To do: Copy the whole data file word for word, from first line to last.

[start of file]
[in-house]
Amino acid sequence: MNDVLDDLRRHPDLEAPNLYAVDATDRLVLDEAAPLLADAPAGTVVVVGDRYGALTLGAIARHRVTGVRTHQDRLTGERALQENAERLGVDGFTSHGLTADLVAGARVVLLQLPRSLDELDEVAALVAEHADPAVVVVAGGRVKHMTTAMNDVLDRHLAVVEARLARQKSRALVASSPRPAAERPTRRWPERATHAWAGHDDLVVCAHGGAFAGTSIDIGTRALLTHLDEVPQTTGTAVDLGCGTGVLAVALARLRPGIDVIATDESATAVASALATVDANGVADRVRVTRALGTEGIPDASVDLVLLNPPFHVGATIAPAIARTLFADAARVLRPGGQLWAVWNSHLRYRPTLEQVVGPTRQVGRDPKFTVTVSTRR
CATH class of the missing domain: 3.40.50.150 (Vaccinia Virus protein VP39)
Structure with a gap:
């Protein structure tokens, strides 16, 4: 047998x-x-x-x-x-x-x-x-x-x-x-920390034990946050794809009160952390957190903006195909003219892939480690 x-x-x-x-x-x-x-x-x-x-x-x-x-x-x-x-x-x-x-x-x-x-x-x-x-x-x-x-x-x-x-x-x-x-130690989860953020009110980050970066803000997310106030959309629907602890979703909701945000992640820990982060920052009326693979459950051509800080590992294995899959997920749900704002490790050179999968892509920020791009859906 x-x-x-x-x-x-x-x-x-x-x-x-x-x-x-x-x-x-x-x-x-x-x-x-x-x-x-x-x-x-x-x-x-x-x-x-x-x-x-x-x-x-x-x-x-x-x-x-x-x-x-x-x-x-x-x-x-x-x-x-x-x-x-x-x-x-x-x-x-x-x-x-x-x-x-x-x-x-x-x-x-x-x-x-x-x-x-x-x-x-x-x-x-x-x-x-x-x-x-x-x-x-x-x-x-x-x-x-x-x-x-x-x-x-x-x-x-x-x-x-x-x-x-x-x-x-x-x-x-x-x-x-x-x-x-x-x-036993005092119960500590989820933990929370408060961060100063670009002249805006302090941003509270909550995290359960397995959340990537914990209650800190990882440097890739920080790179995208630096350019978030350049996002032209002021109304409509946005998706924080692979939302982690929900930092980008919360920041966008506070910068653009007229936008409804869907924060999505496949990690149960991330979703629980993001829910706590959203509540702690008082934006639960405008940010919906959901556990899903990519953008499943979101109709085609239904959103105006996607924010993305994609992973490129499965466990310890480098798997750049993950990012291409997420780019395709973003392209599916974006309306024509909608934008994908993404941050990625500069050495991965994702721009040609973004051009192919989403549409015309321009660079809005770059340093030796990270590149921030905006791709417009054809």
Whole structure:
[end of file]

[in-house]
Amino acid sequence: MNDVLDDLRRHPDLEAPNLYAVDATDRLVLDEAAPLLADAPAGTVVVVGDRYGALTLGAIARHRVTGVRTHQDRLTGERALQENAERLGVDGFTSHGLTADLVAGARVVLLQLPRSLDELDEVAALVAEHADPAVVVVAGGRVKHMTTAMNDVLDRHLAVVEARLARQKSRALVASSPRPAAERPTRRWPERATHAWAGHDDLVVCAHGGAFAGTSIDIGTRALLTHLDEVPQTTGTAVDLGCGTGVLAVALARLRPGIDVIATDESATAVASALATVDANGVADRVRVTRALGTEGIPDASVDLVLLNPPFHVGATIAPAIARTLFADAARVLRPGGQLWAVWNSHLRYRPTLEQVVGPTRQVGRDPKFTVTVSTRR
CATH class of the missing domain: 3.40.50.150 (Vaccinia Virus protein VP39)
Structure with a gap:
């Protein structure tokens, strides 16, 4: 047998x-x-x-x-x-x-x-x-x-x-x-920390034990946050794809009160952390957190903006195909003219892939480690 x-x-x-x-x-x-x-x-x-x-x-x-x-x-x-x-x-x-x-x-x-x-x-x-x-x-x-x-x-x-x-x-x-x-130690989860953020009110980050970066803000997310106030959309629907602890979703909701945000992640820990982060920052009326693979459950051509800080590992294995899959997920749900704002490790050179999968892509920020791009859906 x-x-x-x-x-x-x-x-x-x-x-x-x-x-x-x-x-x-x-x-x-x-x-x-x-x-x-x-x-x-x-x-x-x-x-x-x-x-x-x-x-x-x-x-x-x-x-x-x-x-x-x-x-x-x-x-x-x-x-x-x-x-x-x-x-x-x-x-x-x-x-x-x-x-x-x-x-x-x-x-x-x-x-x-x-x-x-x-x-x-x-x-x-x-x-x-x-x-x-x-x-x-x-x-x-x-x-x-x-x-x-x-x-x-x-x-x-x-x-x-x-x-x-x-x-x-x-x-x-x-x-x-x-x-x-x-x-036993005092119960500590989820933990929370408060961060100063670009002249805006302090941003509270909550995290359960397995959340990537914990209650800190990882440097890739920080790179995208630096350019978030350049996002032209002021109304409509946005998706924080692979939302982690929900930092980008919360920041966008506070910068653009007229936008409804869907924060999505496949990690149960991330979703629980993001829910706590959203509540702690008082934006639960405008940010919906959901556990899903990519953008499943979101109709085609239904959103105006996607924010993305994609992973490129499965466990310890480098798997750049993950990012291409997420780019395709973003392209599916974006309306024509909608934008994908993404941050990625500069050495991965994702721009040609973004051009192919989403549409015309321009660079809005770059340093030796990270590149921030905006791709417009054809």
Whole structure: